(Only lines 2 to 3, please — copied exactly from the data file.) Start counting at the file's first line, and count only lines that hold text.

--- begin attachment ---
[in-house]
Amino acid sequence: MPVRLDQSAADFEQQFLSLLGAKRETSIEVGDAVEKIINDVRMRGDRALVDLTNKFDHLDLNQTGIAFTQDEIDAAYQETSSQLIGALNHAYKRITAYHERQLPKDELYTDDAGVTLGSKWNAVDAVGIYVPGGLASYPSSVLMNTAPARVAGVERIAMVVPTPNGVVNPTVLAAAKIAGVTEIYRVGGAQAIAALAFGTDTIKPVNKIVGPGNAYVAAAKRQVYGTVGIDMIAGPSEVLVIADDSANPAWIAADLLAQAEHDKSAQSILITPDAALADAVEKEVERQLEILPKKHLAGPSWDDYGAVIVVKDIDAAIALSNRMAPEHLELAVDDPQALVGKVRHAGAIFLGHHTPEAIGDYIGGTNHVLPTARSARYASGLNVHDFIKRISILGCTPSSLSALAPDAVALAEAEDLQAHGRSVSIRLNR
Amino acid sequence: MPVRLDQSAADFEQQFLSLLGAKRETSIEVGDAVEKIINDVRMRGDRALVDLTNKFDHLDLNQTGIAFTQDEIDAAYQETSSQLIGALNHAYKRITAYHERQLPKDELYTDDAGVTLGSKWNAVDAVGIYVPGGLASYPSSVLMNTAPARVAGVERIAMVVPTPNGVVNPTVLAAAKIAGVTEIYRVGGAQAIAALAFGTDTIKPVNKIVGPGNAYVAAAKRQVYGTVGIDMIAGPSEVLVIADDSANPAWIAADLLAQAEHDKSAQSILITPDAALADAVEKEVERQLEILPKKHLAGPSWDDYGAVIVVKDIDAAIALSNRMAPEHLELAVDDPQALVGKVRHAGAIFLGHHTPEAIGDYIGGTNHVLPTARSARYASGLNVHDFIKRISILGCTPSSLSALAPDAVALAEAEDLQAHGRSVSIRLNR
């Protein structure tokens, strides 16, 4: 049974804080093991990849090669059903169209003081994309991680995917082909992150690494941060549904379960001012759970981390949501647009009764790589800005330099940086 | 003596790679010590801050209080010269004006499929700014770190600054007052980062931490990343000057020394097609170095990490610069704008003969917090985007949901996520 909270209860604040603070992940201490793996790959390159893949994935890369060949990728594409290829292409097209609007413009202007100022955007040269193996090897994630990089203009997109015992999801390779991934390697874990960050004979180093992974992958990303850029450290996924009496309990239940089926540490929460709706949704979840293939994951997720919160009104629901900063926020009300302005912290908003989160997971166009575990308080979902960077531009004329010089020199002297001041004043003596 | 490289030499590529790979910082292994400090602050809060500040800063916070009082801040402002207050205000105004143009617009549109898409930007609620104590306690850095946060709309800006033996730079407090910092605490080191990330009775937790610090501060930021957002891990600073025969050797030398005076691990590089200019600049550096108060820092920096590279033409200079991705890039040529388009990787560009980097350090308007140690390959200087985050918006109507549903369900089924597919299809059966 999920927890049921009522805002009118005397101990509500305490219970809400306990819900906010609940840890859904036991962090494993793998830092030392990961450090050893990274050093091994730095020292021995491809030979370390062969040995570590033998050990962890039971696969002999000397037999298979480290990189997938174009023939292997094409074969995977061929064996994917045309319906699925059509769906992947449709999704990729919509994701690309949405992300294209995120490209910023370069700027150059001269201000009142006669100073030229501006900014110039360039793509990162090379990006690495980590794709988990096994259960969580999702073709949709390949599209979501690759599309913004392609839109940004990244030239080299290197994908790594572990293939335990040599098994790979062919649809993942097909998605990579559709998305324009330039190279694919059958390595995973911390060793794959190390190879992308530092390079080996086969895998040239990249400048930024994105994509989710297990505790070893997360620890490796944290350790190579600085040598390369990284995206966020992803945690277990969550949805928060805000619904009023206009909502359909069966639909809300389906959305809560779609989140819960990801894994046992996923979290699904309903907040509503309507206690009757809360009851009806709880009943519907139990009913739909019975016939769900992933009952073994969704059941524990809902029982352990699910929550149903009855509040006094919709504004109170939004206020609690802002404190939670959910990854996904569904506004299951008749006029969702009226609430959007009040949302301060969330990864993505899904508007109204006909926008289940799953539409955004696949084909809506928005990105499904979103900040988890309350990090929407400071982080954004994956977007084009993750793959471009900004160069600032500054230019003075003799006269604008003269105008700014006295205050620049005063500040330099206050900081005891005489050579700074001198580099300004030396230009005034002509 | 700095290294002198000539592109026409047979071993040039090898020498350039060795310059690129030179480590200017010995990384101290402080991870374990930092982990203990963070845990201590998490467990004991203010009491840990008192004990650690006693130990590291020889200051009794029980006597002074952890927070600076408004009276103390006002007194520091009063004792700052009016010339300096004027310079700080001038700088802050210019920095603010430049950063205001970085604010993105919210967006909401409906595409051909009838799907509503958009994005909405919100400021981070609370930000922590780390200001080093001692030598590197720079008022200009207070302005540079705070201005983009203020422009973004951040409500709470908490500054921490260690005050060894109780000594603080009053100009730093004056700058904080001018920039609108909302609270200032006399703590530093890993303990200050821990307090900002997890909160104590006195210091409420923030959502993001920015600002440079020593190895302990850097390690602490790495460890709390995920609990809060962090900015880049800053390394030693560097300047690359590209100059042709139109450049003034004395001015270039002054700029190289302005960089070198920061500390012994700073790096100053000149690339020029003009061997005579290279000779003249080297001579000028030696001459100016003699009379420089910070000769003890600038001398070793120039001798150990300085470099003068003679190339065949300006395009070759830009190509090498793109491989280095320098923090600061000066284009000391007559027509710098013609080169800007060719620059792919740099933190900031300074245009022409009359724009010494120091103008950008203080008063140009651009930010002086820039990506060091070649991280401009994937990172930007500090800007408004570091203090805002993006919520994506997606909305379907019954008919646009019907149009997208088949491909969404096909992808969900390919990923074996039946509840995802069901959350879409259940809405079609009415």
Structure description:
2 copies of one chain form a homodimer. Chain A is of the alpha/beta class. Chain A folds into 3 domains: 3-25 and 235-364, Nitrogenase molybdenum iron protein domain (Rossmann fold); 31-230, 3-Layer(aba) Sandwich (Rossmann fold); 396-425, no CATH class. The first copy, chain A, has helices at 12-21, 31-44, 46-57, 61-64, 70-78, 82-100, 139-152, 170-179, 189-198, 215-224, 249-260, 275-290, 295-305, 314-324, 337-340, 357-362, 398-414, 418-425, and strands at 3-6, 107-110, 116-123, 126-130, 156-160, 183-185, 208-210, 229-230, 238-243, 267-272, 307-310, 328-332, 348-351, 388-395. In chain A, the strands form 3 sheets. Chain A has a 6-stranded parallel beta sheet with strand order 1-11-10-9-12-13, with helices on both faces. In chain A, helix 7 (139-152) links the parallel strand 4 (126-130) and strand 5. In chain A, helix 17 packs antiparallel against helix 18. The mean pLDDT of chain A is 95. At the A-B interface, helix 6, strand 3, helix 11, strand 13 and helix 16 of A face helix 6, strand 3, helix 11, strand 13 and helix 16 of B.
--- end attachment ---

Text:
Amino acid sequence: MPVRLDQSAADFEQQFLSLLGAKRETSIEVGDAVEKIINDVRMRGDRALVDLTNKFDHLDLNQTGIAFTQDEIDAAYQETSSQLIGALNHAYKRITAYHERQLPKDELYTDDAGVTLGSKWNAVDAVGIYVPGGLASYPSSVLMNTAPARVAGVERIAMVVPTPNGVVNPTVLAAAKIAGVTEIYRVGGAQAIAALAFGTDTIKPVNKIVGPGNAYVAAAKRQVYGTVGIDMIAGPSEVLVIADDSANPAWIAADLLAQAEHDKSAQSILITPDAALADAVEKEVERQLEILPKKHLAGPSWDDYGAVIVVKDIDAAIALSNRMAPEHLELAVDDPQALVGKVRHAGAIFLGHHTPEAIGDYIGGTNHVLPTARSARYASGLNVHDFIKRISILGCTPSSLSALAPDAVALAEAEDLQAHGRSVSIRLNR
Amino acid sequence: MPVRLDQSAADFEQQFLSLLGAKRETSIEVGDAVEKIINDVRMRGDRALVDLTNKFDHLDLNQTGIAFTQDEIDAAYQETSSQLIGALNHAYKRITAYHERQLPKDELYTDDAGVTLGSKWNAVDAVGIYVPGGLASYPSSVLMNTAPARVAGVERIAMVVPTPNGVVNPTVLAAAKIAGVTEIYRVGGAQAIAALAFGTDTIKPVNKIVGPGNAYVAAAKRQVYGTVGIDMIAGPSEVLVIADDSANPAWIAADLLAQAEHDKSAQSILITPDAALADAVEKEVERQLEILPKKHLAGPSWDDYGAVIVVKDIDAAIALSNRMAPEHLELAVDDPQALVGKVRHAGAIFLGHHTPEAIGDYIGGTNHVLPTARSARYASGLNVHDFIKRISILGCTPSSLSALAPDAVALAEAEDLQAHGRSVSIRLNR